There is, therefore, a need for a hot dog turner which can permit the hot dogs to be cooked upon an existing griddle without necessitating manual turning. There is also a need for such a hot dog turner which will permit the cooked hot dogs to be kept warm upon the grill and yet will allow its motor drive unit to be easily detached with a simple motion and without requiring the hot portion of the turner to be touched with human hands. In this way the drive unit can be removed from the space it occupies during a time period of reduced sales so that the space it occupies can be utilized for the preparation of other food. It is also desirable that it can be very quickly and easily reinstalled upon the conventional grill without the need for any significant manual operations requiring any skilled manual dexterity.
There is, furthermore, a need for such a hot dog turner which has a separable food contacting portion which can be completely removed and washed in conventional dishwashing equipment for subsequent reuse.
The present invention includes a grid which slidably rests upon the griddle surface. The grid has a longitudinal axis and a plurality of laterally elongated openings for receipt of the hot dogs or other elongated foodstuff. A portable, detachable drive unit rests upon a surface which is adjacent to the griddle for driving the grid in reciprocation along its longitudinal axis. Preferably, the drive unit has a mating bottom surface which fits in registration with a surface irregularity, such as a grease drain trough, which is adjacent to the griddle. The drive unit is connected to the grid with a releasable coupling means which drivingly but detachably connects the drive unit to the grid to provide a quick lift-off disconnect. The coupling should also restrain the grid from pivotal movement about a vertical axis extending through the coupling so that the grid will not become misaligned obliquely to its path of reciprocation.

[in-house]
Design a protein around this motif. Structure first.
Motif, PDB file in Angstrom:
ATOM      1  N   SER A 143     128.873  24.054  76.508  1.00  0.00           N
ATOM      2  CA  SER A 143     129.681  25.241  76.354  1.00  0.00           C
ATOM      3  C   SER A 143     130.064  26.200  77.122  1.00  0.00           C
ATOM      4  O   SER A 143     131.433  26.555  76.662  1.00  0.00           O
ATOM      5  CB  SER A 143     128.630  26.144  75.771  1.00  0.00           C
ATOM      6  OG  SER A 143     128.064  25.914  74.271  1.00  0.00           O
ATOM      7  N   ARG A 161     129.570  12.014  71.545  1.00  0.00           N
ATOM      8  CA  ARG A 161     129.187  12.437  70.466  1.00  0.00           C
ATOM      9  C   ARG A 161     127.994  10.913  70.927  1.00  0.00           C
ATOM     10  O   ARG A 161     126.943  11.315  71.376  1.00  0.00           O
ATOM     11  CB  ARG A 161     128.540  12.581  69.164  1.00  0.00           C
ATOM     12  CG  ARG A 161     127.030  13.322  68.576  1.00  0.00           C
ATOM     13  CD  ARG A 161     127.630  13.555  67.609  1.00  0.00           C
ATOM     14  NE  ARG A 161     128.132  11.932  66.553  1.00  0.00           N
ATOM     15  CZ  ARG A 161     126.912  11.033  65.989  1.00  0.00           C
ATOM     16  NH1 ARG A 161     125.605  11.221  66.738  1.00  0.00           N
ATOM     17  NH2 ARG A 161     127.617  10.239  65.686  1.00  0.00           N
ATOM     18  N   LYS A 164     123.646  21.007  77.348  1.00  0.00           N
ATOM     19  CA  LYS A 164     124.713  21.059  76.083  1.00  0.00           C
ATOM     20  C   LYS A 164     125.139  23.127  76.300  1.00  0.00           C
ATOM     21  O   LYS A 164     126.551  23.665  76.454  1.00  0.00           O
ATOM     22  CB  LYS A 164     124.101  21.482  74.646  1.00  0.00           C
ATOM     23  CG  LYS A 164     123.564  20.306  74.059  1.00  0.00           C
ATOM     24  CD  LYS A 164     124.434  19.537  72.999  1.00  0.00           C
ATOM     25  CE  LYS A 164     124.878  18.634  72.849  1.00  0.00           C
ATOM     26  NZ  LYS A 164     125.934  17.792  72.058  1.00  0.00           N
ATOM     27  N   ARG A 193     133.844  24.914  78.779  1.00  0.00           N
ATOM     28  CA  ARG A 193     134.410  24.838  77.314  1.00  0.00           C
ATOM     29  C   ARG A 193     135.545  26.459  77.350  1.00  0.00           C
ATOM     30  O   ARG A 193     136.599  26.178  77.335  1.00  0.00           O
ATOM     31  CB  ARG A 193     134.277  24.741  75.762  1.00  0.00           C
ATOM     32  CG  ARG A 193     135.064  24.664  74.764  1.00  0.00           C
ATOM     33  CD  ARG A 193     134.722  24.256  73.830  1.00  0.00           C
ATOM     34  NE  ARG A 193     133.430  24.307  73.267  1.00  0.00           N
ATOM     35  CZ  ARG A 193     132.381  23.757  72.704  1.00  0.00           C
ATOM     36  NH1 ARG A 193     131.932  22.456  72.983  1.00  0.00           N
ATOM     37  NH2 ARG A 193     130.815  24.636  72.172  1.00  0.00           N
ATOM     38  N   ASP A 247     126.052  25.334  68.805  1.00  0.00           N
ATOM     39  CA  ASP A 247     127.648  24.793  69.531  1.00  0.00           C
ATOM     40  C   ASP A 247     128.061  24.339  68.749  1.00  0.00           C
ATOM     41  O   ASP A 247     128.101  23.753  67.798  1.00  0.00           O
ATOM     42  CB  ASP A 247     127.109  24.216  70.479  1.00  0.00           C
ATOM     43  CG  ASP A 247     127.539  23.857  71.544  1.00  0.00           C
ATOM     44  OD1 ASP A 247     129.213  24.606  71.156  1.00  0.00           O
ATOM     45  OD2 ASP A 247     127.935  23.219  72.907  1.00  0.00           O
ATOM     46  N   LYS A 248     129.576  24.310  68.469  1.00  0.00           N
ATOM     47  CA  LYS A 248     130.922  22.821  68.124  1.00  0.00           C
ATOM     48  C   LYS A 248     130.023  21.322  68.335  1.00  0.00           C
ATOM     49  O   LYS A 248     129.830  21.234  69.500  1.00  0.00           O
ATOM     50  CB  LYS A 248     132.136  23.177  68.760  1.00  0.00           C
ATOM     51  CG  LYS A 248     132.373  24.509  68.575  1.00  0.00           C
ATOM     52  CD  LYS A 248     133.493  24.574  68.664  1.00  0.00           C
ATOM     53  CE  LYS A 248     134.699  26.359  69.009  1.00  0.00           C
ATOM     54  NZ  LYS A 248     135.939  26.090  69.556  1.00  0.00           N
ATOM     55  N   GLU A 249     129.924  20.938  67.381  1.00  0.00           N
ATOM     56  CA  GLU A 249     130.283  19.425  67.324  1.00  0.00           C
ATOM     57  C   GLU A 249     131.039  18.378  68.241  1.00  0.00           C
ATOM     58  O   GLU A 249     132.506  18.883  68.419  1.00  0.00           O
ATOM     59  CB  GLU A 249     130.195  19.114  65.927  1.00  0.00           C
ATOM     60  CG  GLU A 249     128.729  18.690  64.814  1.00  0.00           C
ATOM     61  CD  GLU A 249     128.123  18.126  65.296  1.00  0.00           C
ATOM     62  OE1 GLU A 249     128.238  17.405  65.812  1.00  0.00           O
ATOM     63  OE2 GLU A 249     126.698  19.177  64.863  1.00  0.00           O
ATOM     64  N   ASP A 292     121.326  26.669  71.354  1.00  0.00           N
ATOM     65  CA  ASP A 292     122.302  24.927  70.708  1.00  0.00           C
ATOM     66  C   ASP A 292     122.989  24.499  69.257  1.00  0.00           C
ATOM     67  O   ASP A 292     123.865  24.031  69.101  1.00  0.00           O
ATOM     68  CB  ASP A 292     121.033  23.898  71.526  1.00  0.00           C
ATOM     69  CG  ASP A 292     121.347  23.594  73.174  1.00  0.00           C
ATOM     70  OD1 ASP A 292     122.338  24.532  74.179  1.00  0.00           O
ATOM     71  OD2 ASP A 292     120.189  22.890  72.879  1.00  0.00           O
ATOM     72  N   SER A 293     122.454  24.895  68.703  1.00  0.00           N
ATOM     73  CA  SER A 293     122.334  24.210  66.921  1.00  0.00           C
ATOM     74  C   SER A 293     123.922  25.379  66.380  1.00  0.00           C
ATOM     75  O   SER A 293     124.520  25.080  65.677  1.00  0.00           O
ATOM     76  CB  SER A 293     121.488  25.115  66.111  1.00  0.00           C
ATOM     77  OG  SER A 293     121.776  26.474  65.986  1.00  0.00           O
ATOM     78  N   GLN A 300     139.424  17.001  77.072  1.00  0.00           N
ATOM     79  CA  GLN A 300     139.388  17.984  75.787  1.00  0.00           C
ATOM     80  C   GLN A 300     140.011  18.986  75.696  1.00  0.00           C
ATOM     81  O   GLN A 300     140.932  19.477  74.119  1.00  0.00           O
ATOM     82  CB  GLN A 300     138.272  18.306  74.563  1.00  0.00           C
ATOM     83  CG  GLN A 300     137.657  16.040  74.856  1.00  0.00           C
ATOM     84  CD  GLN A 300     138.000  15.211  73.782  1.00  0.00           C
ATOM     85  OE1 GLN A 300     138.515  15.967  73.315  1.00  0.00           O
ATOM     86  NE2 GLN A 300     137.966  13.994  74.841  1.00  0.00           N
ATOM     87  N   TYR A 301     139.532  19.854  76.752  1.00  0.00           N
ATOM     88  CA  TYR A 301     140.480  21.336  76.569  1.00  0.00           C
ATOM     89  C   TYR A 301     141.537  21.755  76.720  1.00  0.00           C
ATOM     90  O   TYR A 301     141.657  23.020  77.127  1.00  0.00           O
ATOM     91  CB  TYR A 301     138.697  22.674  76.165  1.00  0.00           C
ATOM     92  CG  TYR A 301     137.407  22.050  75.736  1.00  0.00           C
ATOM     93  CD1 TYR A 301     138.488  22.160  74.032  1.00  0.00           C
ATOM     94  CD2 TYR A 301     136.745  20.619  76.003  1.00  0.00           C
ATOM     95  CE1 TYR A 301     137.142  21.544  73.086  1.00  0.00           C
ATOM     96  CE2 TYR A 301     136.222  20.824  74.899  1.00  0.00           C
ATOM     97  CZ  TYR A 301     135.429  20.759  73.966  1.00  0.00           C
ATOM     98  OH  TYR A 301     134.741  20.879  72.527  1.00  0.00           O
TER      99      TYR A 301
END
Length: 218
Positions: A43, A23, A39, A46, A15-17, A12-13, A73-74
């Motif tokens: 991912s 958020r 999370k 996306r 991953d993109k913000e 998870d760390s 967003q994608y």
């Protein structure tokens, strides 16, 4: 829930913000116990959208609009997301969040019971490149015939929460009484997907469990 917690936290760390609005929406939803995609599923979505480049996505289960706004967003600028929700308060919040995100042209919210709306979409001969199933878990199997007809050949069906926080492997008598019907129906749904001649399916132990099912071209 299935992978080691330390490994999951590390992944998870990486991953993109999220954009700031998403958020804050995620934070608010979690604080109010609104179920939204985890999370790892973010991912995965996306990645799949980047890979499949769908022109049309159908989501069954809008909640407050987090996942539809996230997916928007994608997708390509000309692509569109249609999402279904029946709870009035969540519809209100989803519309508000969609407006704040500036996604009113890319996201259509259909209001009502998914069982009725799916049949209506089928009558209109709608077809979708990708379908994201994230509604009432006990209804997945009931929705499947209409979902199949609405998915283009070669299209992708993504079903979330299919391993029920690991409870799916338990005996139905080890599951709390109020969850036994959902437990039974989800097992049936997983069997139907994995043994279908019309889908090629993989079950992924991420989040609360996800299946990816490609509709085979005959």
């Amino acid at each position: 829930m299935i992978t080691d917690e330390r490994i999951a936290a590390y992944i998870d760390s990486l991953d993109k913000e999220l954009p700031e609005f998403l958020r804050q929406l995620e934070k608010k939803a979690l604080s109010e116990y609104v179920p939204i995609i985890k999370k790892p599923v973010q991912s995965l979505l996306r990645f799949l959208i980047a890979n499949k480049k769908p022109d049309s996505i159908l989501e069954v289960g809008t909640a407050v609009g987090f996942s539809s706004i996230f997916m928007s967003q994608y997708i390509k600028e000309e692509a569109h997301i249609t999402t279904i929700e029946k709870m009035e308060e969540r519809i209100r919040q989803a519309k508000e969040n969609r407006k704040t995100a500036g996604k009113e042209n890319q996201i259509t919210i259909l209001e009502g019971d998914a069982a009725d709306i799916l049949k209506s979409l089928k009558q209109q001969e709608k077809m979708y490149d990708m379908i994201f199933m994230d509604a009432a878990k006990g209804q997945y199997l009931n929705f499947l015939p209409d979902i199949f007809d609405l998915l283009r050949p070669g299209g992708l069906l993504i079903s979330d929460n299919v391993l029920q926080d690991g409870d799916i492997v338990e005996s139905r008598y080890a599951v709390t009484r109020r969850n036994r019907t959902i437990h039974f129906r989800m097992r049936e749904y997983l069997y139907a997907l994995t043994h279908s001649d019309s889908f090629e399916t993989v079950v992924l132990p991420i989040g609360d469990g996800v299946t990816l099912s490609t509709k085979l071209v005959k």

FIG. 1 is a view in perspective of a segment of a griddle upon which the preferred embodiment of the invention is mounted.
FIG. 2 is a view in vertical section taken substantially along the line 2--2 of FIG. 1.